Worries that the plan will ignite undesirably high inflation and an overheating economy are overdone.

In a way that is true because you cannot ignite something which is already burning. Then we get his demand pull style theory.

The fiscal support it provides is only sufficient to push the economy back to full employment from the recession caused by the COVID-19 pandemic.

Yet only a sentence later the he seems to be not so sure.

Because the package includes a myriad of spending and tax initiatives, some of which are new and uncertain,

Renewable Energy

This is an associated problem for the inflation debate. President Biden plans a big increase in renewable energy but the UK which has already invested heavily in this is today highlighting what always was the obvious flaw.

GB Grid: #Wind is generating 0.11GW (0.33%) out of 33.61GW

So much for the UK being the “Saudi Arabia of wind power” as Prime Minister Johnson has claimed. Also something which we were supposed to be consigning to the past is seeing a surge.

COAL MARKET: Asian benchmark coal (Newcastle 6,000kc/kg) spikes to a fresh 13-year high of $163 per tonne. For a commodity that was left for dead, Australian (and other) coal miners are making this year an absolute killing ( Javier Bias Bloomberg )

We keep being promised electricity will get cheaper and yet the same source reports.

Spanish wholesale electricity prices have now surged to a record high of €106.57 per MWh, surpassing the previous peak set in 2002. Power prices are turning into a hot political potato in some European countries this summer.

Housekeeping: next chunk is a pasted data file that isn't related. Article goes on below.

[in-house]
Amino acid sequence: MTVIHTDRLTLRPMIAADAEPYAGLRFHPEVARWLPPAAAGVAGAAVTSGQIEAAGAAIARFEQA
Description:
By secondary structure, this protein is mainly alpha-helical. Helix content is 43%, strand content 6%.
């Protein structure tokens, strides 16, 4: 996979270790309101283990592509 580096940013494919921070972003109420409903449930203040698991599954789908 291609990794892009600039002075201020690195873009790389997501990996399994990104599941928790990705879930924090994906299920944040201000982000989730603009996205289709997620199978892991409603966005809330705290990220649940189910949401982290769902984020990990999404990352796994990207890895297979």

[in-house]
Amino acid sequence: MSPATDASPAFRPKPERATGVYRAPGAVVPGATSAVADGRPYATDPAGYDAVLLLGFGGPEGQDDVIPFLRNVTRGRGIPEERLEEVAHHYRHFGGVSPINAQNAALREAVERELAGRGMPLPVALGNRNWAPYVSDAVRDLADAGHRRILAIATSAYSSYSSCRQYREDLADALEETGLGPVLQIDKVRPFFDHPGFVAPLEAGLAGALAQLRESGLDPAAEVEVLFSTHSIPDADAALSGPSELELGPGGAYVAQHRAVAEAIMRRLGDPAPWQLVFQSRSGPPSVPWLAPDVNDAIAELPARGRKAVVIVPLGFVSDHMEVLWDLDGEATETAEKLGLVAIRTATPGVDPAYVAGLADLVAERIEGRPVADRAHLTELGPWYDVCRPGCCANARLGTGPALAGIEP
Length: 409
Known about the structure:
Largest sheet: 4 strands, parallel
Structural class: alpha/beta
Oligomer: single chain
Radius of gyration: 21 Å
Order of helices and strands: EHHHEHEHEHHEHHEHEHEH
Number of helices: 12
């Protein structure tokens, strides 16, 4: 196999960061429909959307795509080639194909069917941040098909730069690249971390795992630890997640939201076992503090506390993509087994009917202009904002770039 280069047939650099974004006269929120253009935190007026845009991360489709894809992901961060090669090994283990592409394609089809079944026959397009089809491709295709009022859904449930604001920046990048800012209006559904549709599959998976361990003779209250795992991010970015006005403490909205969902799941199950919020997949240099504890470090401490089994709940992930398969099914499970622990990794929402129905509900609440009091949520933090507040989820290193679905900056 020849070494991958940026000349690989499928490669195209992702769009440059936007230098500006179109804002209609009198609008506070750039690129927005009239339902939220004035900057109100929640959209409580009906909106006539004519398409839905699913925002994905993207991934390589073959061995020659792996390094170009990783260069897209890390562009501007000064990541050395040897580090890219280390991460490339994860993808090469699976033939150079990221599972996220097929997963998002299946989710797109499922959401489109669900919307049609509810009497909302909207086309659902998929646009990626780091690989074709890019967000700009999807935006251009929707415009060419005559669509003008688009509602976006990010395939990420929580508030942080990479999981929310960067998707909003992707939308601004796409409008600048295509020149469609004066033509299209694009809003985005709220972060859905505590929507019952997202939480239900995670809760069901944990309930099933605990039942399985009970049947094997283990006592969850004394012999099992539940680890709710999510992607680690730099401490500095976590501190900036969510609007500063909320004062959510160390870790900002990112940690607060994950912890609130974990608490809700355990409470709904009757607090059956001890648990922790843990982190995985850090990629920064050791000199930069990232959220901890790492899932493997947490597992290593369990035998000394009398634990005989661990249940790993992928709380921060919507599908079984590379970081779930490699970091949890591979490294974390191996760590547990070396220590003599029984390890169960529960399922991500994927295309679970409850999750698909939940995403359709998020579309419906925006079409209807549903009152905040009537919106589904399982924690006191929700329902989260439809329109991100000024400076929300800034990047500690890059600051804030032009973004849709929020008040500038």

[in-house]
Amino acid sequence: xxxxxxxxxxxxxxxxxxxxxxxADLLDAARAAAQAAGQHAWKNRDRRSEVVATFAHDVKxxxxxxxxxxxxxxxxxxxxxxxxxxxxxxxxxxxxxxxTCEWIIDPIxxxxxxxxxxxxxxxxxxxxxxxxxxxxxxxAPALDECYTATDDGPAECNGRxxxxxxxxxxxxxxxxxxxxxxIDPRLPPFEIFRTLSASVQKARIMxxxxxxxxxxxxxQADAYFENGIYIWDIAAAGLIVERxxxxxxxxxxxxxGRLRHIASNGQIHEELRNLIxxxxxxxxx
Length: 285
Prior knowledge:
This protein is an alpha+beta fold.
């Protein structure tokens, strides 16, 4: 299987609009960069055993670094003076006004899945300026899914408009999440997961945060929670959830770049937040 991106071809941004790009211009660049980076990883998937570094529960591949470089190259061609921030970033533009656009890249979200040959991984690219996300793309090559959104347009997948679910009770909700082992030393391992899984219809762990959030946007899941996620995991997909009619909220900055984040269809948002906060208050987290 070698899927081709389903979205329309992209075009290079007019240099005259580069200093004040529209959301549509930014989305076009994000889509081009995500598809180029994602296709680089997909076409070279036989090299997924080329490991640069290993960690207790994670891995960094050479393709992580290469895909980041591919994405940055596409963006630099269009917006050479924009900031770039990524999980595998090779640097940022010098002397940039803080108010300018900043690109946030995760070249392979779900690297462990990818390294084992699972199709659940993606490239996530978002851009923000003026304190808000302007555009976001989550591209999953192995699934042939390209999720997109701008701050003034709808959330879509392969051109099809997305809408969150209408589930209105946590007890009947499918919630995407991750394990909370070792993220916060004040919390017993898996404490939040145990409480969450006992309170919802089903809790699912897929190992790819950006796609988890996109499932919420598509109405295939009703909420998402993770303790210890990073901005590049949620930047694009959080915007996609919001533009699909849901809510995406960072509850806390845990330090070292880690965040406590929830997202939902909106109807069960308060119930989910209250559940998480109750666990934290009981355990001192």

Curious because we kept being told Spain’s solar power was booming and the price dropping. One factor I have spotted from the UK data is that solar takes time to build within the day. For example at 10 am UK production was 3.5 gigawatts out of a maximum of about 8. So even on a hot July day it takes its time.

Thus unlike Moodys I am expecting longer-term inflation from this source. Hopefully there will be advances but with the plan to switch to electric vehicles we look to be creating a problem.

Comment

We have learnt over time that an official denial is tantamount to a confession. But as we survey the scene I see much that is familiar. One example of this is from Dylan Patel os semi-analysis.

Semiconductor shortage alone is causing nearly 2% of inflation! People often say inflation is going nuts, but most of CPI inflation is due to used car prices, vacation travel boom, and energy prices. Once you remove these, inflation is manageable.

We always see claims that there is little inflation via excluding the things which are going up! I note his chart uses only the lower core CPI. But if you are going to take things out surely you should put in things which are omitted like house prices. I am sure you have already figured why he has not done that.

Some elements will change and fade but others will emerge. For example whilst Imputed Rents are a fantasy  they will presumably pick up in response to higher hour prices. They will remain a poor guide but at 24% of the index even a small move will have an impact.

Returning to President Biden the idea that US $4 trillion of spending will not create inflation is an extraordinary effort. But in one area I do have sympathy because much of what is happening now relates to the decisions made before his term.

 

 

 

 

The ECB strategy review is just more of the same

This week is ECB time and this meeting is a material one on several counts. Things were revved up a bit last week by President Lagarde in interviews with Bloomberg and the Financial Times.

 we now have what I would call a simple, solid, symmetric two per cent target. So we express very firmly that we are determined to deliver two per cent. I think that is a big change.

Actually everyone thought that anyway but tucked in with it was a couple of attempts to mislead.

And maybe the really important third “s” is symmetry, because we affirm very clearly that there may be deviations up or down, either below or above two per cent and we state that we consider both deviations up or down as equally undesirable.

The new central banking mantra is to try to get inflation above target except in something of an echo of the Japanese situation there is a problem. Here is the Lagarde view.

Second, we also recognise the effectiveness of all the tools that we have in the toolbox.